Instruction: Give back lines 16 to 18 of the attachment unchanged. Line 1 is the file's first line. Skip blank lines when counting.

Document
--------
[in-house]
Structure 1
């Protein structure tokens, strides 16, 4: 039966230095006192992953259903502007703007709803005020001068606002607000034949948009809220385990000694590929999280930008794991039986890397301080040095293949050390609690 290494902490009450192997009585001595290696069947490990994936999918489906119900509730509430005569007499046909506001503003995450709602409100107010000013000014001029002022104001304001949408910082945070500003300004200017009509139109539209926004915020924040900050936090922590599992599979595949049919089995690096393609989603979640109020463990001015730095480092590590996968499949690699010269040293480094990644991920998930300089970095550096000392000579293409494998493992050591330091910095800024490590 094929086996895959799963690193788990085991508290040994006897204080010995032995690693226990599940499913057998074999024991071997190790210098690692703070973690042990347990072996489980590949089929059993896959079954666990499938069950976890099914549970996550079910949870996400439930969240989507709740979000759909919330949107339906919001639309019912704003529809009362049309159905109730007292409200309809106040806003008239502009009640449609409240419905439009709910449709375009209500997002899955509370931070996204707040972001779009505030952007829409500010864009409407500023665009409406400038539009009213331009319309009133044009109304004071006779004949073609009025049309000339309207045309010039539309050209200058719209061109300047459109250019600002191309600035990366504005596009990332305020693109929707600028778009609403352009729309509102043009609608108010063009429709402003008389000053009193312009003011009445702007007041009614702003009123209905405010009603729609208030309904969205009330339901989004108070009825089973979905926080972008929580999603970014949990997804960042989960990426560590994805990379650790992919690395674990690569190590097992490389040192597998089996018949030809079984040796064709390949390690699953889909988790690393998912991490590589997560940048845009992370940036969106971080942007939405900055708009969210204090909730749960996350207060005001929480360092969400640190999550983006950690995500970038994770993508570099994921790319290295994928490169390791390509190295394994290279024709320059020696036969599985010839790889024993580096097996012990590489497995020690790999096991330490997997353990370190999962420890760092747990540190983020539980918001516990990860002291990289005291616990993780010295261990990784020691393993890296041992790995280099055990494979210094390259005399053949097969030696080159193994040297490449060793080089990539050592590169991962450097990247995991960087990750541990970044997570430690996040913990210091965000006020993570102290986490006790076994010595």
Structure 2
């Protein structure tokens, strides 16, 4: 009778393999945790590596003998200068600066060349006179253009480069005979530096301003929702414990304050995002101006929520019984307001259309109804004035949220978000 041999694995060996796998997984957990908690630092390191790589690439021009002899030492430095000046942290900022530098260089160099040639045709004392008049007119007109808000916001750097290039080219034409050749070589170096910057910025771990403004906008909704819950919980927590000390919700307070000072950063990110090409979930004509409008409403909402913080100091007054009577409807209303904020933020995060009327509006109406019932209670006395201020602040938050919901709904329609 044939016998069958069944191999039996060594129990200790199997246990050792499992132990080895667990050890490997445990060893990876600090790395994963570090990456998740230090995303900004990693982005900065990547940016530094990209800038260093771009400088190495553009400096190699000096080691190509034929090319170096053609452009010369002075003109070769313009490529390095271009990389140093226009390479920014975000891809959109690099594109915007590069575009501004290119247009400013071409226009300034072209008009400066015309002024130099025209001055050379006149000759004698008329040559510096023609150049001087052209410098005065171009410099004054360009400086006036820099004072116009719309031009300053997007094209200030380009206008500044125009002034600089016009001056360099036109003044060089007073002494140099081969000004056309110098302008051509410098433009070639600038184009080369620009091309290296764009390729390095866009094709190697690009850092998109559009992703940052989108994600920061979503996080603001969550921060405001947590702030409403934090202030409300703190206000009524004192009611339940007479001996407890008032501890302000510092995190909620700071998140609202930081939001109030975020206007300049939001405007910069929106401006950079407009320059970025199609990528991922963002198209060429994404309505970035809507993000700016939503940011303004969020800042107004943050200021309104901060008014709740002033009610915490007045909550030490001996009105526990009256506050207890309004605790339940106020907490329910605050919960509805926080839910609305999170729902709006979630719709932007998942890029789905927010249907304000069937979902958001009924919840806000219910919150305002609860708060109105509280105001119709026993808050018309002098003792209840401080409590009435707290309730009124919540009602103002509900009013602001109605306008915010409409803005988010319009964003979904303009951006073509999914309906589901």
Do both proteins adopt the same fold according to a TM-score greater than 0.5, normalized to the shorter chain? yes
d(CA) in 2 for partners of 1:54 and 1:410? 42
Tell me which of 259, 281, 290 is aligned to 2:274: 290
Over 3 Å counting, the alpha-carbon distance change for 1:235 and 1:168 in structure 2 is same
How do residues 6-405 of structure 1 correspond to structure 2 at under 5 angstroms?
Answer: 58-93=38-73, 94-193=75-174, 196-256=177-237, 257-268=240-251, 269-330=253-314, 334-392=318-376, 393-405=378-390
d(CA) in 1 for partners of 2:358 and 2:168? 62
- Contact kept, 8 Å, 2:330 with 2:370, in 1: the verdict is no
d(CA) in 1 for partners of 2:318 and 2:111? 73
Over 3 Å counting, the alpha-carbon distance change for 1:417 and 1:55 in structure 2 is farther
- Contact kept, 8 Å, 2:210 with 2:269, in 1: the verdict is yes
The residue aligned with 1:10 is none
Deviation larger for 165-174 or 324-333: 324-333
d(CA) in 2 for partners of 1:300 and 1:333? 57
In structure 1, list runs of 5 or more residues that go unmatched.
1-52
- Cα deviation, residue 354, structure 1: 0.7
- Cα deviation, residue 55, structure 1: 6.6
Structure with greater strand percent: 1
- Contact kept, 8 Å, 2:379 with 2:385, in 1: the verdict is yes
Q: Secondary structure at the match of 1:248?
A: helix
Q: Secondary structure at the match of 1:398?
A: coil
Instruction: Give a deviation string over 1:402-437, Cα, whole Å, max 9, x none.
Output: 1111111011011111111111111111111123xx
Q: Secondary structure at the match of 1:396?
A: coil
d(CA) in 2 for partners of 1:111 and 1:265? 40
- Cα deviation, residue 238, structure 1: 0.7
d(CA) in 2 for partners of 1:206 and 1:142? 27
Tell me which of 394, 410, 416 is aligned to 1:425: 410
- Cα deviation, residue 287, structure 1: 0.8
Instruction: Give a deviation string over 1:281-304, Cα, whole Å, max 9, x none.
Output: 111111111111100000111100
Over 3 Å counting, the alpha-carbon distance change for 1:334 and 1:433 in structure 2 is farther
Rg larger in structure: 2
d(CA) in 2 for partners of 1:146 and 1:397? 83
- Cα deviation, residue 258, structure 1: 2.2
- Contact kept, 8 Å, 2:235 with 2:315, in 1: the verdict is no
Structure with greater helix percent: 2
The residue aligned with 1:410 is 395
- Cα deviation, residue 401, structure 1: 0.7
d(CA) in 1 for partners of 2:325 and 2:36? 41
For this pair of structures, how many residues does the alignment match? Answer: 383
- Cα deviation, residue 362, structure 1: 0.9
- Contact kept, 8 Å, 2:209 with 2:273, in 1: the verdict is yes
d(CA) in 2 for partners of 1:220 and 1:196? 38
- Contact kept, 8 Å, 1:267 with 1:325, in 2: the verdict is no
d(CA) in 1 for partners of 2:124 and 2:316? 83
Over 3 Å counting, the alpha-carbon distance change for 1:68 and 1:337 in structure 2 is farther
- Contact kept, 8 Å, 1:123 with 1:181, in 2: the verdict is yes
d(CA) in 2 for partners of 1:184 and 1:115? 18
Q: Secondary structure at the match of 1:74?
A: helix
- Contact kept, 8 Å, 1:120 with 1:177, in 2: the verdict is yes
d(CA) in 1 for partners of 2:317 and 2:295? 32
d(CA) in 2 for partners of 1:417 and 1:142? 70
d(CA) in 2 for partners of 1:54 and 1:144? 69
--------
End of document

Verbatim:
- Contact kept, 8 Å, 2:210 with 2:269, in 1: the verdict is yes
The residue aligned with 1:10 is none
Deviation larger for 165-174 or 324-333: 324-333